As I write this on Monday, GameStop (NYSE: GME) shares are down about 30%.

But before we stick a fork in it and say it’s done, I should point out that this stock has seen wilder swings over the past week before going sharply higher. So, while I believe this squeeze is probably over, that is by no means certain.

Short interest in the stock has dipped to about 39% of the float, according to Bloomberg, down from 140% earlier in January. That’s still ridiculously high, of course, but it shows that short sellers are slowly draining out of their positions.

This whole exercise has left a massive mess behind it. Melvin Capital, one of the leading shorts in the stock, reportedly lost 53% of its value in January. Republicans and Democrats are calling for investigations into the whole affair, including the decision by several brokers to halt trading. I personally believe that a lot of the volatility in the market last week was due to hedge funds selling their winning positions in order to cover losses in their blown-out short books from GameStop and other squeezed stocks.

The question is, “what happens next?”

The Next Short Squeeze Target

Now that they’ve tasted blood, the retail traders on Reddit are searching out new targets. Silver prices spiked Monday on a similar short squeeze thesis.

While I like silver — I’ve been recommending investors carve out a little room for precious metals and other long-term inflation hedges for months — I’d steer clear of the short squeeze thesis here. Yes, there is a large short position in silver. But there always is, and that’s normal for commodities. Producers and commercial hedgers regularly short silver as a way to lock in prices and reduce their exposure to price spikes. Large speculators are actually net long silver at the moment, so the idea of sticking it to the man on Wall Street doesn’t really hold here.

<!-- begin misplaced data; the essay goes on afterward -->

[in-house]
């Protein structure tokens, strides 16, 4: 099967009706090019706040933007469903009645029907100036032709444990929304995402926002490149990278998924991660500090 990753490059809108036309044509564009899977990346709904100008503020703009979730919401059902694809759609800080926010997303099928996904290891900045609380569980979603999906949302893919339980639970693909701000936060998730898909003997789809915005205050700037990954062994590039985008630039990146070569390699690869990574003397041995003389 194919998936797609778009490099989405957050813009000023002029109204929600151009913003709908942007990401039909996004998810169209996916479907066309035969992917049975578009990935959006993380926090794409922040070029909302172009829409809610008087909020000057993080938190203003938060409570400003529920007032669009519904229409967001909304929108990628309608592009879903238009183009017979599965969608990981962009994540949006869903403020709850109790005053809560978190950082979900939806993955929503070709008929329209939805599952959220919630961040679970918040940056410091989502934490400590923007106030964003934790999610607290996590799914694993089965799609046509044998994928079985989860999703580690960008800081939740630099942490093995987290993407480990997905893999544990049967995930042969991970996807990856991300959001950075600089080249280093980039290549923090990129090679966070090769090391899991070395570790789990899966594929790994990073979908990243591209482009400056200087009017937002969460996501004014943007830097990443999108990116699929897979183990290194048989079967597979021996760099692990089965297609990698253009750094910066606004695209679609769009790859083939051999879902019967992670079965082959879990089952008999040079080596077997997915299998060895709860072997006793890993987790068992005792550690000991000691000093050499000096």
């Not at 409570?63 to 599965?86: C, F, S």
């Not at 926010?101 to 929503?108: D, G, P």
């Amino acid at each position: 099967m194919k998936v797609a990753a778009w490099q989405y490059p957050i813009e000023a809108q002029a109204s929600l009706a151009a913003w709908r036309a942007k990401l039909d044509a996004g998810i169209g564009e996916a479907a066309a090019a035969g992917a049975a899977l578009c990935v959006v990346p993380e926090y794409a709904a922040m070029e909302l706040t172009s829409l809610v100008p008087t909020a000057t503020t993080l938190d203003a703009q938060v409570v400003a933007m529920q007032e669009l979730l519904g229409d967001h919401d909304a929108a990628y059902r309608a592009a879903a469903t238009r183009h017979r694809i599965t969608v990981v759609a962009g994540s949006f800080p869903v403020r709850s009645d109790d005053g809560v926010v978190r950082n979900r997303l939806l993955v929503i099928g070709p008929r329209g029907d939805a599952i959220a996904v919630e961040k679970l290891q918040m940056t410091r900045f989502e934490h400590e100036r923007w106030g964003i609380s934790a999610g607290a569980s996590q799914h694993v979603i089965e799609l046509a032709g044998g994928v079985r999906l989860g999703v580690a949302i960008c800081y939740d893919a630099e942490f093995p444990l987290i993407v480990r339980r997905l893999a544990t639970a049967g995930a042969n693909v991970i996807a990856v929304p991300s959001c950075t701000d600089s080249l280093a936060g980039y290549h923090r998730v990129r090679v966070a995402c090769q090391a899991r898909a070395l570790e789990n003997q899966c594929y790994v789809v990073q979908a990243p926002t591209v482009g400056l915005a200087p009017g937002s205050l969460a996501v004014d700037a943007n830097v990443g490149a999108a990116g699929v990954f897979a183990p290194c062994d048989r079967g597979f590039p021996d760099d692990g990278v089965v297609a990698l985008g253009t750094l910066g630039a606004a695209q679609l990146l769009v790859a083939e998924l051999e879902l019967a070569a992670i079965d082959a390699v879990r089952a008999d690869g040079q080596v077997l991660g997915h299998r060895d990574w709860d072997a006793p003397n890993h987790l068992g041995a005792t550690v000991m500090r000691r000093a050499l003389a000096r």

But there’s a story here that is much bigger than GameStop and much bigger than silver.

The GME Stock Shockwave

Some of the most powerful hedge funds in the world were just humiliated by a scrappy group of do-it-yourself retail investors, for crying out loud.

Social media upended the traditional power structure in Washington, D.C., as we saw when Donald Trump won the Republican primaries and then later the Presidency in 2016. Love the man or hate him, you can objectively look at his campaign and prove it was a wildly effective social media marketing plan. The idea of a third party coming out of nowhere and challenging the Democrats or Republicans was a fantasy just a short time ago. Now, that’s not only possible but likely.

Likewise, as financial data has become abundant and cheap (if not actually free in a lot of cases) and trading costs at effectively zero, we’re seeing similar dynamics in the financial markets.

Back in 1998, Alan Greenspan made a backroom deal with the major Wall Street banks to keep the hedge fund Long-Term Capital Management from blowing up. That likely wouldn’t be possible today. Some of the most powerful hedge funds in the world were just humiliated by a scrappy group of do-it-yourself retail investors, for crying out loud. The idea that Wall Street can manage things as they used to is ridiculous at this point.

So, what should we do about it?

Wall Street Isn’t as Exclusive as It Once Was

I’ll admit that I’m not real comfortable with the idea of an internet mob running the world. But there are some takeaways.

To start, it‘s obvious that Wall Street doesn’t have the information advantage it used to. The Reddit group used easily accessible public data to identify the short squeezes. And it worked. If it worked for them, it can work for you.

Our own Adam O’Dell has been smoking Wall Street for over a decade using data he pulled from publicly-available sources.

Secondly, it’s important to have a good understanding of how the market works, and by that, I mean the underlying plumbing. The Reddit traders were smart enough to understand the dynamics of a short squeeze. A trader with less of an understanding of how markets actually function would have missed that opportunity or might have found themselves on the wrong side of it. I covered the risk of short squeezes last week when the GME trade was ramping up.

By the way, while we weren’t in the GameStop trade, Adam and I identified another short squeeze candidate in the December issue of Green Zone Fortunes. Our readers saw gains of more than 100% in a little over a month. If you want to see what that pick was and how you can gain access to our highest-conviction stock recommendations each month, check out Adam’s Millionaire Master Class here.

To safe profits,

Charles Sizemore_Sig

Charles Sizemore is the editor of Green Zone Fortunes and specializes in income and retirement topics. Charles is a regular on The Bull & The Bear podcast. He is also a frequent guest on CNBC, Bloomberg and Fox Business.